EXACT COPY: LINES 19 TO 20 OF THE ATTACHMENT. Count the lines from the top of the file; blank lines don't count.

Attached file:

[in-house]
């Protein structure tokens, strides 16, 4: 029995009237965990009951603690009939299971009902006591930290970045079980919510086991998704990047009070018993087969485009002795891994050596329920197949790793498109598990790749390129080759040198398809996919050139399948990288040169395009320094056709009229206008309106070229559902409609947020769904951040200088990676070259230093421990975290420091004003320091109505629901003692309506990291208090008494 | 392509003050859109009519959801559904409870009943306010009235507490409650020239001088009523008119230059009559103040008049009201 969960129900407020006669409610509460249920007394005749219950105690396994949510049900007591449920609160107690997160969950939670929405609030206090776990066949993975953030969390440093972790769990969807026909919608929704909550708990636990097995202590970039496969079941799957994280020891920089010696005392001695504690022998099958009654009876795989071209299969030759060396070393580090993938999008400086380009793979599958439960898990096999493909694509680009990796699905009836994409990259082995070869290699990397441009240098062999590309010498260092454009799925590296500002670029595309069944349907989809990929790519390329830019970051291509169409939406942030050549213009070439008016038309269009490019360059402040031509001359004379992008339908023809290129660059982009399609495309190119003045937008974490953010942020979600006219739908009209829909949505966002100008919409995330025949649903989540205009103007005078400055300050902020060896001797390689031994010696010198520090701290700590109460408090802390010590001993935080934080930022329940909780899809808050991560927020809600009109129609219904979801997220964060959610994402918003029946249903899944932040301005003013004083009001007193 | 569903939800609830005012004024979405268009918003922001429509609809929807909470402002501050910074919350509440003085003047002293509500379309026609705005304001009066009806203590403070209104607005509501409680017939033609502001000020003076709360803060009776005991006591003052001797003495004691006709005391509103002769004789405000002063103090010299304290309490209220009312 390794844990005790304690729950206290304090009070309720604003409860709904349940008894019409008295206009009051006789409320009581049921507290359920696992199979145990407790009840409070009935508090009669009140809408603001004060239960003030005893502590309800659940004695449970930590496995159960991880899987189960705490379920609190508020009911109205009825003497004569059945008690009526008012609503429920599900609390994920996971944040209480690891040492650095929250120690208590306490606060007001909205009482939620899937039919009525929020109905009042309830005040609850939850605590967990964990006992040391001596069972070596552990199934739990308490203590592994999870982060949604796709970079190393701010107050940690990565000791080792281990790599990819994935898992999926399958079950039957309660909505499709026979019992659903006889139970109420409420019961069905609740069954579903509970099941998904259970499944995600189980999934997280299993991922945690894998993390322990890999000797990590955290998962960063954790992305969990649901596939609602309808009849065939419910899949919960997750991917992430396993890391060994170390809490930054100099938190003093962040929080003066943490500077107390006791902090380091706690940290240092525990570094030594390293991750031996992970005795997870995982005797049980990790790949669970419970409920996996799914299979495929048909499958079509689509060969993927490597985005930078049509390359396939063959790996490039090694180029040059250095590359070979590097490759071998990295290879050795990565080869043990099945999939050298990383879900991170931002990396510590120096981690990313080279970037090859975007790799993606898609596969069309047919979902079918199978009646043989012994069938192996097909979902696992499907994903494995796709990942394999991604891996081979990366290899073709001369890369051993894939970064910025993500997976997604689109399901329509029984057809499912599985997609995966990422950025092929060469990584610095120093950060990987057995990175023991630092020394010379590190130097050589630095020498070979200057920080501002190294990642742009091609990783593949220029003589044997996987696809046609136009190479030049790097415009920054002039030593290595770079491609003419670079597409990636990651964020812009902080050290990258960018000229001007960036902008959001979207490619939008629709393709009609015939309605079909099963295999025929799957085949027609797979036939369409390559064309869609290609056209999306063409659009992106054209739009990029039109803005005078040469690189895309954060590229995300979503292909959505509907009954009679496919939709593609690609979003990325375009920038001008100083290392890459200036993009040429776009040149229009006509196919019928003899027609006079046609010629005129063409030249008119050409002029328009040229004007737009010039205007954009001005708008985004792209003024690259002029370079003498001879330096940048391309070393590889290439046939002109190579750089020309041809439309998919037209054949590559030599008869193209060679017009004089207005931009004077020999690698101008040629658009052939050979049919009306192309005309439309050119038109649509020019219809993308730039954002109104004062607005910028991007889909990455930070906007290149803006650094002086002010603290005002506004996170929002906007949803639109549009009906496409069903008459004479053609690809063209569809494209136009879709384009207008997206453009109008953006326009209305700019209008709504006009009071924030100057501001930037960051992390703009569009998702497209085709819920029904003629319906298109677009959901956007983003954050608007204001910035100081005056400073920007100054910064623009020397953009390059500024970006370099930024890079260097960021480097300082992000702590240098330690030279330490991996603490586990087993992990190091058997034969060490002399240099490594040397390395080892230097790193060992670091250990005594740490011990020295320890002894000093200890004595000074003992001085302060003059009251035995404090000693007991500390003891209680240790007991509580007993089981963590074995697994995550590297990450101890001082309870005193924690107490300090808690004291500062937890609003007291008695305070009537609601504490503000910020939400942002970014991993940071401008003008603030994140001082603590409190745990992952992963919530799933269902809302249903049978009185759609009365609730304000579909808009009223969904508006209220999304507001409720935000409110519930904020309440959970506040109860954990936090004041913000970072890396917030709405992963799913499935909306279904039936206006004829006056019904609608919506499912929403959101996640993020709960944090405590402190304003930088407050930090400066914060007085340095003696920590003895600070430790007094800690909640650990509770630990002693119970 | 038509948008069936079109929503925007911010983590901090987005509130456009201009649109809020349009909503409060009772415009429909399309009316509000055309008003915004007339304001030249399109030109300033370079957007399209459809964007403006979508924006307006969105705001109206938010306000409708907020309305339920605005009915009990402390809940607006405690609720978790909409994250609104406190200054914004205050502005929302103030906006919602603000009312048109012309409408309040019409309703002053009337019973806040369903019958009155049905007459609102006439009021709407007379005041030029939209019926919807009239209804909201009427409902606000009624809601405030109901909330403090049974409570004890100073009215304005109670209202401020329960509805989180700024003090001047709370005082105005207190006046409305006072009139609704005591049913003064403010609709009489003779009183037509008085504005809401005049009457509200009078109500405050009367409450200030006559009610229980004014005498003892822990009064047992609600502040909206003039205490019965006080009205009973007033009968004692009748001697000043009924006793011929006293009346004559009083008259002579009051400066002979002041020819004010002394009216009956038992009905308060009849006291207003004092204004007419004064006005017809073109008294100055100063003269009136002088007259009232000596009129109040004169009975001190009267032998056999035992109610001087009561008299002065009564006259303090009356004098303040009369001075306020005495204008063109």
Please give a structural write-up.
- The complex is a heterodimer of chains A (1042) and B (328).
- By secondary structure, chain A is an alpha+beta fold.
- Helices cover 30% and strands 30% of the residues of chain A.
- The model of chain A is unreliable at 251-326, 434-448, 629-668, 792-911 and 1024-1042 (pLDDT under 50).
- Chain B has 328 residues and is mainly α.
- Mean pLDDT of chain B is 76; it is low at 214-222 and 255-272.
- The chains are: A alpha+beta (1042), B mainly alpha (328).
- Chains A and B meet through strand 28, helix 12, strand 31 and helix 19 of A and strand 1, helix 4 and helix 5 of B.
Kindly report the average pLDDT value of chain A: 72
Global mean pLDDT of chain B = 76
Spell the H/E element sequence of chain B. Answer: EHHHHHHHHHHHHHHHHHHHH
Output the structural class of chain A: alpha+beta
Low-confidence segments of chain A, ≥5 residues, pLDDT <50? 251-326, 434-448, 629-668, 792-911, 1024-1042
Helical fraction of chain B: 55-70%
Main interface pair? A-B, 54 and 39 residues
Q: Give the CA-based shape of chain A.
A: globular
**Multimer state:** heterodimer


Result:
Q: Give the CA-based shape of chain A.
A: globular